1. Slow it down. By taking more time to do each repetition, you increase the time that each muscle must stay contracted.
2. Bring your hands and feet closer together to move your center of gravity forward and make your shoulders, pecs, back, and triceps do more work. Tighten your core to protect your lower back.
3. Change the angle. Place your feet on a stable surface–such as a plyo box or weight bench–and keep your hands on the ground. This puts more of your weight onto your shoulders.
4. Move away from a stable surface and do your push-ups on a medicine ball or balance ball as demonstrated in P90X2. These exercises will not only challenge those muscle groups but also force you to tighten your core to stay balanced.
5. Forget push-ups. Do handstands instead.
After spending several hours a day at a desk job or sitting in traffic while shuttling over scheduled kids from one activity to the next, it’s tempting for families to want to spend their downtime plopped on the couch. The next time you find yourself with an hour or so of unscheduled free time, grab the kids and get moving. Research shows that families that work out together are more likely to stick with it, since they can motivate and encourage each other. And exercising as a family has multiple benefits, from being able to spend quality time with those you love and committing to an active lifestyle, to reducing stress and increasing energy levels. But you don’t have to call it exercise. Here are six activities that let families play together, and promote fit and healthy lifestyles.
Play in the park. Grab an assortment of balls and equipment from the garage (soccer ball, football, basketball, and baseball and gloves), along with a Frisbee and the family dog. Pack a cooler with some water and snacks, and head to your local park with the family for an afternoon of fresh air and playtime. You’ll all have so much fun that you won’t even realize you’re getting a workout.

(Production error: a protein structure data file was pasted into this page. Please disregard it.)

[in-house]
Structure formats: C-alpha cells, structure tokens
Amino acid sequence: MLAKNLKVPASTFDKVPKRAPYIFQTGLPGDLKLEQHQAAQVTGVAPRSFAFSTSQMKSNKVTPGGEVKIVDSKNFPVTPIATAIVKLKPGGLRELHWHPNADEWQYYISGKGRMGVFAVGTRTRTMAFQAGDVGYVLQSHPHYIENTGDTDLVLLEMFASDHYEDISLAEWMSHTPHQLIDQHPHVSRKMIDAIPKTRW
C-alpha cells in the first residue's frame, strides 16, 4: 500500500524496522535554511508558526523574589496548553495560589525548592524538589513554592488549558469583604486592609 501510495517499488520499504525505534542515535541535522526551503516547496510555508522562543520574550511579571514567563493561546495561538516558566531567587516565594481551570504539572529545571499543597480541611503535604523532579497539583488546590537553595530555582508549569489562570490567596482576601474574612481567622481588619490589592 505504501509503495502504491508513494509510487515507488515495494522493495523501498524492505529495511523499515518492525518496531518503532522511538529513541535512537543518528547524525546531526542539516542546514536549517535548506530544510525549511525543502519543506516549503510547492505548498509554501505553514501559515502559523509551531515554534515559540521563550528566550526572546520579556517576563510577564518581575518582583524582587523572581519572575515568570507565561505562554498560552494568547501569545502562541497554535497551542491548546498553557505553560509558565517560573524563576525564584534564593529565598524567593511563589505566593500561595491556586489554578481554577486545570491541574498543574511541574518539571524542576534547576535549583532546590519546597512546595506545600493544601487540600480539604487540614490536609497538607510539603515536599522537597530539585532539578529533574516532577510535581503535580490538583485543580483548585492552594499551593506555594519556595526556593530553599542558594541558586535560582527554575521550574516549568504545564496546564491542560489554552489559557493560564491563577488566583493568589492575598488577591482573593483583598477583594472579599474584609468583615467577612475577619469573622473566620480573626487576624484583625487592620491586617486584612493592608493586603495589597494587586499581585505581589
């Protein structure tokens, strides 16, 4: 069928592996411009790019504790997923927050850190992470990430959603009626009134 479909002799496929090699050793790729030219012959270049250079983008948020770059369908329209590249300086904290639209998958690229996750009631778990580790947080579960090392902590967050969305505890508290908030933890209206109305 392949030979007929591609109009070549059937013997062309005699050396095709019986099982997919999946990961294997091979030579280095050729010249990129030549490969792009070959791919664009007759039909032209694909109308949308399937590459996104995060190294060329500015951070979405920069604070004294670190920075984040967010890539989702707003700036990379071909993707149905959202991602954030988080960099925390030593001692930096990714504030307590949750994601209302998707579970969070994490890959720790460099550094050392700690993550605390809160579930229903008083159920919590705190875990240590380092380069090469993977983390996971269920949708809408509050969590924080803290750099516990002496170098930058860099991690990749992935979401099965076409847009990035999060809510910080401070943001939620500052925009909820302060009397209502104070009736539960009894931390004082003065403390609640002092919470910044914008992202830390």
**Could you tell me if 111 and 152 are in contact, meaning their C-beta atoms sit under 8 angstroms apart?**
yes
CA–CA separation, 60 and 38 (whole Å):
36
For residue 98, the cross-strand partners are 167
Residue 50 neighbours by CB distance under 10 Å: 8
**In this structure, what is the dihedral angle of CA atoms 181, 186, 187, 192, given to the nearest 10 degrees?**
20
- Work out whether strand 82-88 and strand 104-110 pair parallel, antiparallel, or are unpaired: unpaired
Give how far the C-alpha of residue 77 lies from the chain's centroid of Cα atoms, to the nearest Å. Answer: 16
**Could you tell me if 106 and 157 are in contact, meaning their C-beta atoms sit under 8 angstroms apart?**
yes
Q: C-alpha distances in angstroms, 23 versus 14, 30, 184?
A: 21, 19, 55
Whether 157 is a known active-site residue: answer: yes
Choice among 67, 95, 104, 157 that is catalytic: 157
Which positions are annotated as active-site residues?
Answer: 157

Go swimming. Swimming is a great way to stay in shape. It’s an excellent workout for people of all ages. Depending on the time of year and where you live, you can head to your local indoor or outdoor pool for fun and affordable family playtime. Swimming helps improve balance, endurance, and posture, and it’s one of the best forms of cardiovascular exercise. Swimming regularly can also increase self-esteem in kids as they become more comfortable in the water and learn to master their strokes. Get some rings and diving sticks, and take turns diving for them. If your kids are young, sign them up for swimming lessons—they can get their lessons while you work out in the lap lanes. Be sure young kids are never left unattended, and remember the sunscreen if you’re outside!
Take a hike. A family hike involves a little more planning than other activities, but the benefits are well worth it. Plan the trail level and hike length around the group’s abilities and experience. If it’s your first family hike, start with a mostly flat trail that’s no more than 1 mile round-trip (you don’t want to start carrying your kids halfway through the hike). Gradually increase the length and trail difficulty with each hike. Bring a few lightweight backpacks with healthy snacks and water bottles. Keep the kids interested by letting them carry the trail map, and having them look for specific items, like interesting wildflowers or rock formations. Most metropolitan towns have family friendly trails offering easy to moderately difficult hiking trails. To find a trail near you, visit LocalHikes.com.